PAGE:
Are Statistics Being Used?

You know those tweets that you see once but can never find again? I remember seeing one a while ago where someone tweeted to #sqlhelp asking if the internal inserted and deleted tables had statistics or if they were like table variables, which didn’t.

This is a great question in general. But then it got me thinking – how do you prove this? I wanted to know the answer as well so I decided to look into this. And I went down the wrong sort of rabbit hole trying to figure this out. Eventually I talked to a friend about this and got pointed in the right direction…

And the answer to how you find which statistics are used is…?

Once upon a time, you used Trace Flags. Paul White wrote a great post about this. But if you look at the note, you see that it only applies to cardinality estimator set to 70, which means SQL Server 2012 or lower.

But then I stumbled on this blog post from Pedro Lopes and everything is now a whole lot easier: If you are on SQL Server 2016 SP2 or higher, it’s part of the execution plan. I'm not 100% sure what this means for SQL Server 2014. I don't know if the Trace Flags work on that version or if it's a subtle hint to upgrade. :) That may require extra investigation. 

Time to Test:

Let’s see what happens when you select from a regular table, the inserted/deleted tables, and from a table variable.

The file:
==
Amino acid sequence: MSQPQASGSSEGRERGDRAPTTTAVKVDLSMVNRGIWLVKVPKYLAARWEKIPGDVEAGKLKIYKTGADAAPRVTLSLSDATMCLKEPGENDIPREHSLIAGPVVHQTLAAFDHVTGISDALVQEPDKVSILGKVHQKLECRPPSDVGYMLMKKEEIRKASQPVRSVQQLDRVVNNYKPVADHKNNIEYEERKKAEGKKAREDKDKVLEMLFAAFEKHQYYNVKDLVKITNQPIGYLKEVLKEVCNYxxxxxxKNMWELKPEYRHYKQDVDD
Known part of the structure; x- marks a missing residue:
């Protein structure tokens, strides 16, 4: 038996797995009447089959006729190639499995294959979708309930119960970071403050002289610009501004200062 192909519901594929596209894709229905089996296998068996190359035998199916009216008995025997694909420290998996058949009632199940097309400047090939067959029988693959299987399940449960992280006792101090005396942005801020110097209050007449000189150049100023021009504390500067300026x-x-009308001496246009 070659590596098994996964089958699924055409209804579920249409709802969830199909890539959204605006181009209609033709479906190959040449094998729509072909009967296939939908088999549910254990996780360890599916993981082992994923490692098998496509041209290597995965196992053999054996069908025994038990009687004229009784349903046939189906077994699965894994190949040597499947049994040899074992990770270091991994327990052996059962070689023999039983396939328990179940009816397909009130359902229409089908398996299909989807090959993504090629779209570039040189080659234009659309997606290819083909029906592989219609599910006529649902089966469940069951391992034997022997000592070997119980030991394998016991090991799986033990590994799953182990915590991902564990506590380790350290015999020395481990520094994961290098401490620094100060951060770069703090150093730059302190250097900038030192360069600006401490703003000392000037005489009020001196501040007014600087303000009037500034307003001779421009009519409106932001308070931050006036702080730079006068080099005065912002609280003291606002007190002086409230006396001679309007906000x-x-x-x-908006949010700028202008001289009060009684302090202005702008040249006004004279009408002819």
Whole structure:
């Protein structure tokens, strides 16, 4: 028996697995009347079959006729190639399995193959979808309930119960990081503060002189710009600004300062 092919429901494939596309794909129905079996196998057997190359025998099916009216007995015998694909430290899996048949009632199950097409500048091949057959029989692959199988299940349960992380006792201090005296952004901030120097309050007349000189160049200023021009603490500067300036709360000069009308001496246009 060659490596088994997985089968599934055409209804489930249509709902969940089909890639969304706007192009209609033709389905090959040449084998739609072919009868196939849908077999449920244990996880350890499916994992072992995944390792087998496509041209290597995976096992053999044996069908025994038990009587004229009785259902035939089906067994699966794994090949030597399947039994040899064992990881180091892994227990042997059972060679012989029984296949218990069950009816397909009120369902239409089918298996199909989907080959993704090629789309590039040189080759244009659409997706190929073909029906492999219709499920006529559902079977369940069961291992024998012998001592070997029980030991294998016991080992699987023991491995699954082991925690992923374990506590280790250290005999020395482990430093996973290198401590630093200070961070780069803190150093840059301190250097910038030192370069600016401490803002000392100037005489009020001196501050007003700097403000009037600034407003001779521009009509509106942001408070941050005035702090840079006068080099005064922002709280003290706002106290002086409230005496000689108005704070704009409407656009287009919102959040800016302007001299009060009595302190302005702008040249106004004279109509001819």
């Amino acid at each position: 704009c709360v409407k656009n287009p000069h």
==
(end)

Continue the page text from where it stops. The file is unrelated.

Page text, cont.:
The original question was just about table variables and the inserted and deleted tables. But I want to start with a regular table because we know they have statistics for the Query Optimizer to use. First, I ran the following statement:

SELECT * FROM Person as p 
WHERE Last_Name = 'Melkin'

When I look at the properties of the first node, I see the properties for OptimizerStatUsage:

  

We can see that it's using auto-created statistics on the column. What happens when I create an index on the Last_Name field?

We can see that the new index's statistics are being used.

Inserted\Deleted Tables

Now, let's see what happens when we select from the inserted and deleted tables. I decided to use a simple trigger for this test so I could isolate the results.

CREATE OR ALTER TRIGGER Person_itr ON dbo.Person
FOR INSERT
AS
BEGIN

	SELECT * FROM inserted as i 
		JOIN Person as p on i.Person_ID = p.Person_ID
	
END
GO

I ran a simple INSERT statement. When I looked at the execution plan properties for the SELECT statement inside the trigger, I see this:

  

Note that there is no OptimizerStatUsage. There are no statistics involved in this statement.

I modified the trigger to include one regular table to see what happens:

CREATE OR ALTER TRIGGER Person_itr ON dbo.Person
FOR INSERT
AS
BEGIN

	SELECT * FROM inserted as i 
		JOIN Person as p on i.Person_ID = p.Person_ID
	
END
GO

I ran an INSERT and looked at the execution plan and still no OptimizerStatUsage:

I found this interesting because Person.Person_ID is the clustered primary key on that table and it is being used in the execution plan:

So what happens when I add another table to the trigger?